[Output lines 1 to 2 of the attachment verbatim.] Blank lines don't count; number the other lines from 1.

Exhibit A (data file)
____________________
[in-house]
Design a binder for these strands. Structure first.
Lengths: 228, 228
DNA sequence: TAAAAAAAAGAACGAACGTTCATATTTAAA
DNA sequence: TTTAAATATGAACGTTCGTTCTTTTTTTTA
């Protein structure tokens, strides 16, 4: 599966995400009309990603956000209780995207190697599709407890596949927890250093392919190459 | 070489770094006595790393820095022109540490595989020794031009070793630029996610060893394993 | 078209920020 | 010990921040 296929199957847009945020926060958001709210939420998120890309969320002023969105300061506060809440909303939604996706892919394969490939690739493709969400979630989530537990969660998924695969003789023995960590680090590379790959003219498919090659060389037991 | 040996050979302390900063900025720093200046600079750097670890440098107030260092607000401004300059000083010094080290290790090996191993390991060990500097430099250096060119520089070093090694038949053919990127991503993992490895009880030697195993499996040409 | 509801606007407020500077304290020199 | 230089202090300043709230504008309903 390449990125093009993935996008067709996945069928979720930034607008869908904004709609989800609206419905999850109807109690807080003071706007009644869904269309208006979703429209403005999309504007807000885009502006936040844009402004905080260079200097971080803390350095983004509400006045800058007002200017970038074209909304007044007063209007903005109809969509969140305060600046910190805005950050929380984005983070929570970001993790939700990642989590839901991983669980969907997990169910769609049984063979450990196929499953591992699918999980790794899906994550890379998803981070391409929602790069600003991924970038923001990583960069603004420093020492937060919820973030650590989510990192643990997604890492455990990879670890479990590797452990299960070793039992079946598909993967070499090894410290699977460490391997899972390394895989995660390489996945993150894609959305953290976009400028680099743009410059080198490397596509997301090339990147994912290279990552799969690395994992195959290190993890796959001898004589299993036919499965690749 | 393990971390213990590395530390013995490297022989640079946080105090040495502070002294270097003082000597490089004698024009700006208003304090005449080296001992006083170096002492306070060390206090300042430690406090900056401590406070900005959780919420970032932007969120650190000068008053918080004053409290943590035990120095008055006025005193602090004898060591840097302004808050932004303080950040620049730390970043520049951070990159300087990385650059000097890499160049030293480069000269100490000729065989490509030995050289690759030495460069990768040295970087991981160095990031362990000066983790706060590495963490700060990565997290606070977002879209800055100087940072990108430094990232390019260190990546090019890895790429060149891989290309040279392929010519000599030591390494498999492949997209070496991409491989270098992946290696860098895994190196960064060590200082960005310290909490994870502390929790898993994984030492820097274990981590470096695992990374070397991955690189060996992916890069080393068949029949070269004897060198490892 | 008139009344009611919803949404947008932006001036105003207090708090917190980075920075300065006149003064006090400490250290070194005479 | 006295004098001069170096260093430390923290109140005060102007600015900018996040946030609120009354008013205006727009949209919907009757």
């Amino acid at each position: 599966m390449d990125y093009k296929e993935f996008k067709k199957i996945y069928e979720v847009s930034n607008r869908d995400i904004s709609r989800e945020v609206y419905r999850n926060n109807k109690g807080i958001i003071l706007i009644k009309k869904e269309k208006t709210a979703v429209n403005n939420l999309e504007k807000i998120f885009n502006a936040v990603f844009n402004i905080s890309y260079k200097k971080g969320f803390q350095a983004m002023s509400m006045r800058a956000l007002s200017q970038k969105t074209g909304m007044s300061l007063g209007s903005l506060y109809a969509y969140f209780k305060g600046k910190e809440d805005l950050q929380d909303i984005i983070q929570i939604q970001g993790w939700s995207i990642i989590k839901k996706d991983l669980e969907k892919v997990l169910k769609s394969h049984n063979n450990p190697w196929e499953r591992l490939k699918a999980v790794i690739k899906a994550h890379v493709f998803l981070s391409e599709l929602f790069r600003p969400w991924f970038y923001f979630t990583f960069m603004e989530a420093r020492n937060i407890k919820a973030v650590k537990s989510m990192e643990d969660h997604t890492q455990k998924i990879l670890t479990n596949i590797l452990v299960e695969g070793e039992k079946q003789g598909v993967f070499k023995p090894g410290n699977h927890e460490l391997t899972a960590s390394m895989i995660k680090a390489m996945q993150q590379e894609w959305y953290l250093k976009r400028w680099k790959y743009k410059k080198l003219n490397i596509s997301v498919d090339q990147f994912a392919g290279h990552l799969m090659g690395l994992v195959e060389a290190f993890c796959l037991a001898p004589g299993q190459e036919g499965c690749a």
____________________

[in-house]
Design a binder for these strands. Structure first.